An intriguing new mystery about a bookseller who finds himself at the centre of an FBI investigation…
Years ago, bookseller and mystery aficionado Malcolm Kershaw compiled a list of the genre’s most unsolvable murders, those that are almost impossible to crack — which he titled “Eight Perfect Murders” — chosen from among the best of the best including Agatha Christie’s A. B. C. Murders, Patricia Highsmith’s Strangers on a Train, Ira Levin’s Death Trap, A. A. Milne’s Red House Mystery, Anthony Berkeley Cox’s Malice Aforethought, James M. Cain’s Double Indemnity, John D. Macdonald’s The Drowner, and Donna Tartt’s A Secret History.
But no one is more surprised than Mal, now the owner of the Old Devils Bookstore in Boston, when an FBI agent comes knocking on his door one snowy day in February. She’s looking for information about a series of unsolved murders that look eerily similar to the killings on Mal’s old list. And the FBI agent isn’t the only one interested in this bookseller who spends almost every night at home reading. The killer is out there, watching his every move — a diabolical threat who knows way too much about Mal’s personal history, especially the secrets he’s never told anyone, even his recently deceased wife.
To protect himself, Mal begins looking into possible suspects… and sees a killer in everyone around him. But Mal doesn’t count on the investigation leaving a trail of death in its wake. Suddenly, a series of shocking twists leaves more victims dead — and the noose around Mal’s neck grows so tight he might never escape.
The synopsis for this caught my attention, and the publishers were kind enough to approve my request to review it (both the North American and UK publisher gave me access to DRCs). Strangely, given how interesting Swanson’s novels sound, this is the first of his that I’ve read. An engaging and gripping read, I zipped through this in just a couple of very enjoyable sittings.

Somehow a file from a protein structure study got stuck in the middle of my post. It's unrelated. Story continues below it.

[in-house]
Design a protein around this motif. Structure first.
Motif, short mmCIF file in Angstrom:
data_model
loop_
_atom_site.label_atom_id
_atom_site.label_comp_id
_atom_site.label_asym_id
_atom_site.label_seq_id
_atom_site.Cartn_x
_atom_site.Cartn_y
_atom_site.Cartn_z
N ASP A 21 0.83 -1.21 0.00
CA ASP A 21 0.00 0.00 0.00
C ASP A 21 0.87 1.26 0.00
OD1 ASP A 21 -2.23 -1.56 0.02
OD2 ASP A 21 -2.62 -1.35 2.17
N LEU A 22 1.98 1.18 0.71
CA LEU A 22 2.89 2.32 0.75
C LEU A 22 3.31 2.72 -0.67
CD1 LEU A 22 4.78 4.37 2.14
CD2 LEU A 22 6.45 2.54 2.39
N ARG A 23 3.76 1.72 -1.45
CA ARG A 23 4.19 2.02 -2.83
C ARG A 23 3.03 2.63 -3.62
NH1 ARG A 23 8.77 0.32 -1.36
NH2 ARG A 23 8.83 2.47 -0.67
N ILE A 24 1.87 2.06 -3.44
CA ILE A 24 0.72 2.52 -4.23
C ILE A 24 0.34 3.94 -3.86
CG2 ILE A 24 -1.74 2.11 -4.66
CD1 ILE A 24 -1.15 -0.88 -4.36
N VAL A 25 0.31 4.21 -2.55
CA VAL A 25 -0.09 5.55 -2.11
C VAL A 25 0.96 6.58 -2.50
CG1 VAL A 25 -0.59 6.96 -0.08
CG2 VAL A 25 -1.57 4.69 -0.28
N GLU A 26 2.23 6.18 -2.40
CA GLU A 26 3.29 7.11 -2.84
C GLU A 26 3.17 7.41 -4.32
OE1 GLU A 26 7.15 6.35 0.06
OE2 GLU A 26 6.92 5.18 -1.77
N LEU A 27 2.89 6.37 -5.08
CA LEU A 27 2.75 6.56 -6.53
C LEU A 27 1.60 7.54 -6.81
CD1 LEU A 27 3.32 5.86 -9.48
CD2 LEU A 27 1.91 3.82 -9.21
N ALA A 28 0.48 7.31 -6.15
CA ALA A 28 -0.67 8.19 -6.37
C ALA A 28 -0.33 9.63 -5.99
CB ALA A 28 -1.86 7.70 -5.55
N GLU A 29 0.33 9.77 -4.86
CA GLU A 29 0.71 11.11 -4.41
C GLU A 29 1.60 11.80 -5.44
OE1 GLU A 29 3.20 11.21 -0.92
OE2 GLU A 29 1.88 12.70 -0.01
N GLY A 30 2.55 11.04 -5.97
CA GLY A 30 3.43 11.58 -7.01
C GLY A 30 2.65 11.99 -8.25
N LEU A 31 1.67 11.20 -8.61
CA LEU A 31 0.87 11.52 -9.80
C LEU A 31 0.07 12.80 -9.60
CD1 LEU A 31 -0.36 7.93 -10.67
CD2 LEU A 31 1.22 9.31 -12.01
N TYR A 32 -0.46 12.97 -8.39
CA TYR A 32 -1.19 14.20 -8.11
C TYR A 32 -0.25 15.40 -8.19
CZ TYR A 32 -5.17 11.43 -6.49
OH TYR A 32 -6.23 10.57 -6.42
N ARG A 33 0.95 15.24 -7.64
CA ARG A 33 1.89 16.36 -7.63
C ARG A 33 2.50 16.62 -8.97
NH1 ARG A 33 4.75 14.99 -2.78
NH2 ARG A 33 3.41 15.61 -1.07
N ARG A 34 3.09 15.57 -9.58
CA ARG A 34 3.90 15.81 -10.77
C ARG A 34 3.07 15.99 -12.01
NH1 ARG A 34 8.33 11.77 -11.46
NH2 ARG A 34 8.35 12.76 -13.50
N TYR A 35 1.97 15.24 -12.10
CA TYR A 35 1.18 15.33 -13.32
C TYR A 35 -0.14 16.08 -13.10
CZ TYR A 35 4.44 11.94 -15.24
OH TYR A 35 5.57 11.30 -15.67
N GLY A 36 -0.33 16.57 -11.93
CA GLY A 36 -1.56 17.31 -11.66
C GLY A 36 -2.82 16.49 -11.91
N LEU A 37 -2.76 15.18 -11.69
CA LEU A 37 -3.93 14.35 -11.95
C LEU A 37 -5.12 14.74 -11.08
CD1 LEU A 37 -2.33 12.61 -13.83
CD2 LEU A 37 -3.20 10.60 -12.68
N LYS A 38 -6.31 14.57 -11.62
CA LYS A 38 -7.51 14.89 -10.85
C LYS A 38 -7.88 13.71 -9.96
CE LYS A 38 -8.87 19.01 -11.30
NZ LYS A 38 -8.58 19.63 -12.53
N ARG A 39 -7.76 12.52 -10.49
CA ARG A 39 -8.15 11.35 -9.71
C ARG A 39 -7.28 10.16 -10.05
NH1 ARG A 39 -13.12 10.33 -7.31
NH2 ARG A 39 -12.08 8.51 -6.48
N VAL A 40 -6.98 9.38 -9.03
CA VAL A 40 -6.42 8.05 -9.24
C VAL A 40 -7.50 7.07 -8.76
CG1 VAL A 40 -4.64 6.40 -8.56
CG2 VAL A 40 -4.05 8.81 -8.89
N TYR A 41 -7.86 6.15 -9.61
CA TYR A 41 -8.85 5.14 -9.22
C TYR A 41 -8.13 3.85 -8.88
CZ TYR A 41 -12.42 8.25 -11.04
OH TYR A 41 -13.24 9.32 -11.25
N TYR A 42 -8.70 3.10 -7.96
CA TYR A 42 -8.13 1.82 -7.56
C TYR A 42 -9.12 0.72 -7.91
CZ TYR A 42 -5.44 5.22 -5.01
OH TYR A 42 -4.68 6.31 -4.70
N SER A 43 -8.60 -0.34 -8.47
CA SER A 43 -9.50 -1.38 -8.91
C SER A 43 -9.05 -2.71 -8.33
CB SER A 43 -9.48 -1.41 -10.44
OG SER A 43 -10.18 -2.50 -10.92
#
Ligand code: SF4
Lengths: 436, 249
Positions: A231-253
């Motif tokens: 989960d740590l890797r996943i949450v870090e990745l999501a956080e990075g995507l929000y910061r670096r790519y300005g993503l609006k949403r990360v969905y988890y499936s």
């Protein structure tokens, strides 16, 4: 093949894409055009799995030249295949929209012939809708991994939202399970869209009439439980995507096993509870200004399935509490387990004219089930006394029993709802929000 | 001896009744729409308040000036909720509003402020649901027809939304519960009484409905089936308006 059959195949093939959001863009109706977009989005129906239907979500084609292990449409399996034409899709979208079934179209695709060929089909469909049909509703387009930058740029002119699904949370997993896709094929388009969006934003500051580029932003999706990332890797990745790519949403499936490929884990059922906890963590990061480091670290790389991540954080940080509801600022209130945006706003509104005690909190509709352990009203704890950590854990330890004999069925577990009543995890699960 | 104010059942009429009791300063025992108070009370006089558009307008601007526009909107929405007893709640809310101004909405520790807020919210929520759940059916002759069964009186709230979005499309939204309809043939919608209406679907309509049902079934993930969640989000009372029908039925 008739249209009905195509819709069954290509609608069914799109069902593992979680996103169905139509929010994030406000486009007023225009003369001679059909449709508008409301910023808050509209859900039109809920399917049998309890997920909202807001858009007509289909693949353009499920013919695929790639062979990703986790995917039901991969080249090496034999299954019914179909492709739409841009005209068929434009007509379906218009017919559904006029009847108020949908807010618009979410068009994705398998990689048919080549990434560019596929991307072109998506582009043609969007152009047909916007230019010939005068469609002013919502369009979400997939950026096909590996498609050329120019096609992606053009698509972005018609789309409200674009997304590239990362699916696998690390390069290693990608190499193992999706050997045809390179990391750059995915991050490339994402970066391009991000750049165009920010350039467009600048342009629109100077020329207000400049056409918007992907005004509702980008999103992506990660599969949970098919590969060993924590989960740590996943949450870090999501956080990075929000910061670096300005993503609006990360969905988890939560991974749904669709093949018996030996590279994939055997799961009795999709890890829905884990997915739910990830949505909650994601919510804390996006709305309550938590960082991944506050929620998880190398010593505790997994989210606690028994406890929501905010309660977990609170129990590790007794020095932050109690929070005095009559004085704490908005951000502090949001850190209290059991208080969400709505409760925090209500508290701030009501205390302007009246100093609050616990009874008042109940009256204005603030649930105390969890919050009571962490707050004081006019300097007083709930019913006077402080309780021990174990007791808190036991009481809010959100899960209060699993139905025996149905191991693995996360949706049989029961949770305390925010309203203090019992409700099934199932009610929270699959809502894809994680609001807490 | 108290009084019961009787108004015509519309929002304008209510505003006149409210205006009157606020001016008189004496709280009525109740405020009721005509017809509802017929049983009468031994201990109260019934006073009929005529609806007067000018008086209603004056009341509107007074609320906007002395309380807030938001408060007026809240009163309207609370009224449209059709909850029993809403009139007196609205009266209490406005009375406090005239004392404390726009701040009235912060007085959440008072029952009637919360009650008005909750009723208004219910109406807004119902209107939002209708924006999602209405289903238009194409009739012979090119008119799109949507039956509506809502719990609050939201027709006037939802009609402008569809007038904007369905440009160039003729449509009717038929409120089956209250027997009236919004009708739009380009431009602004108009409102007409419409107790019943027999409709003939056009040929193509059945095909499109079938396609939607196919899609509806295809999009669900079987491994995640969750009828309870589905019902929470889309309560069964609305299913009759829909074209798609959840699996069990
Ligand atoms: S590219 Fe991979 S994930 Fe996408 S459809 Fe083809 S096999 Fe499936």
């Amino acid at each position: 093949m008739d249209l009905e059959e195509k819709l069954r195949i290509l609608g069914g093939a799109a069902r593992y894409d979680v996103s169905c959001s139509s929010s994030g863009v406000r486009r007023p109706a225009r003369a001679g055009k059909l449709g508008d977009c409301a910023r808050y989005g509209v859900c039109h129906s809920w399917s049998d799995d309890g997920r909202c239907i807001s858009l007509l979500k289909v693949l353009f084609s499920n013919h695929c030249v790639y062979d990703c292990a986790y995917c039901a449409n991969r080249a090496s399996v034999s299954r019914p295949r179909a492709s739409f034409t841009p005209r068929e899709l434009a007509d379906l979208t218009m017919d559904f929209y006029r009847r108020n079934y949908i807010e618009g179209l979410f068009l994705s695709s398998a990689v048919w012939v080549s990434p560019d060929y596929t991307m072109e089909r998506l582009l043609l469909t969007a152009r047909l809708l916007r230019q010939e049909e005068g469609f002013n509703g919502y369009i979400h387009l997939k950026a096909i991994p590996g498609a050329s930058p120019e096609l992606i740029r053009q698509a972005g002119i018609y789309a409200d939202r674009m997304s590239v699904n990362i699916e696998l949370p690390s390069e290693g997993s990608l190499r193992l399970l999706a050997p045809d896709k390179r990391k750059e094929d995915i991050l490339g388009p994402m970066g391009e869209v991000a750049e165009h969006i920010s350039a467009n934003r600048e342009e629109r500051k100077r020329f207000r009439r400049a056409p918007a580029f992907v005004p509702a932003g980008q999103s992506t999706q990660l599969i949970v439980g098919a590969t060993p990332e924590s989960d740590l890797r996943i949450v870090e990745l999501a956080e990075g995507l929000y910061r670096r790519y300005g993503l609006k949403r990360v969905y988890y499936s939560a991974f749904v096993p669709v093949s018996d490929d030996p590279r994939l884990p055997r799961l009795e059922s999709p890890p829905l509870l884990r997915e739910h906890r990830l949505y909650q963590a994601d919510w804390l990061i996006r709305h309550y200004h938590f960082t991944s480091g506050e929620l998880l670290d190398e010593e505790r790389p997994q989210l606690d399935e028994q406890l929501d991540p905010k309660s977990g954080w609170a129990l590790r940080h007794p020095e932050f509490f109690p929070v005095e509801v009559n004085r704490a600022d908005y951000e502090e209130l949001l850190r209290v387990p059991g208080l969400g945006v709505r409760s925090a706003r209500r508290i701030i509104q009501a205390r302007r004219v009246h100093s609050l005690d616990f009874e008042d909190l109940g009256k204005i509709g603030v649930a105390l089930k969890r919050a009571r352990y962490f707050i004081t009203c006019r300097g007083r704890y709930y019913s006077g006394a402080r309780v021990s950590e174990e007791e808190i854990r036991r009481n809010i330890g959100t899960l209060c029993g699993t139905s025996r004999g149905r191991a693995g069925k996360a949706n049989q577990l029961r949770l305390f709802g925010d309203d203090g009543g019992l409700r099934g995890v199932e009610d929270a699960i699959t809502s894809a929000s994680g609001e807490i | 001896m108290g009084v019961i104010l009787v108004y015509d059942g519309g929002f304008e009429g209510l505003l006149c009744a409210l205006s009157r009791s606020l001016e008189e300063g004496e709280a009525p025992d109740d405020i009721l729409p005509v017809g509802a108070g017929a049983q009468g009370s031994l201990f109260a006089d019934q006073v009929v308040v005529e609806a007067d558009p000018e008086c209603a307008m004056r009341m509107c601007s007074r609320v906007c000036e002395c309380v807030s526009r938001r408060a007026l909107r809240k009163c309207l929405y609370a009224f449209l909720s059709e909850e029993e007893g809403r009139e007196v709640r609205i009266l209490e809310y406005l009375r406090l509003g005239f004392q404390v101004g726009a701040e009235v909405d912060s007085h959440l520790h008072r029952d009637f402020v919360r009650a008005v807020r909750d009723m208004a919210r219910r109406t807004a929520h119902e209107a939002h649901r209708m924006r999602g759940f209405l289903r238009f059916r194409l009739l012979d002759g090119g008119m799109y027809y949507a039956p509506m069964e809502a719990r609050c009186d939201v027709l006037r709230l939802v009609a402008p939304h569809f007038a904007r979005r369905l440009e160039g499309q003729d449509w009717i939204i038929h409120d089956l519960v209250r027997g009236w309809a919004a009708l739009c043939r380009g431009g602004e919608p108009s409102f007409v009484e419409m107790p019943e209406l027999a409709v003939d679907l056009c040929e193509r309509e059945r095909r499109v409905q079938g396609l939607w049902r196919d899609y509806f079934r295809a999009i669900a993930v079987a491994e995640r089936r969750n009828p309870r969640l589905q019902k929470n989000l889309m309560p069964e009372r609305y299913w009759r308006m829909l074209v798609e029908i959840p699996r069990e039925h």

In Eight Perfect Murders, Swanson channels a very clear love for the crime and mystery genres. The novel has multiple references to not only the eight books mentioned in the character’s blog post, but also reflections on the current and past state of the genres. Long-time readers of mysteries will find many great comments and asides. The novel also plays around with various tropes and common genre elements — unreliable narrators, changes in context, revisions of history, and red herrings.
Swanson’s characters are very well-drawn, and Mal is an interesting guide — not only of the story, but also his small slice of Boston, and the genres he loves (but has distanced himself from). Mal operates in a very narrow slice of Boston, not wandering far from his comfortable, safe routine. When he’s approached by the FBI, his cozy life starts to unravel as he dives back into the novels on his list, and starts to conduct his own amateur investigation into what’s really going on and what is his connection to the murders and killer.
Swanson’s writing is excellent, and the novel flows very well — it’s a quick read, but didn’t feel rushed. If you are looking for a great new read, one that will keep you guessing and hook you from very early on, then I would definitely recommend this novel. I very much enjoyed it, and I think Swanson is a must-read author. I’ll be catching up his previous novels very soon.
Peter Swanson’s Eight Perfect Murders is out now, published by William Morrow in North America and Faber in the UK (as Rules for Perfect Murders). At the time of writing, it is also on sale in the UK.
Also on CR: Interview with Peter Swanson (2018)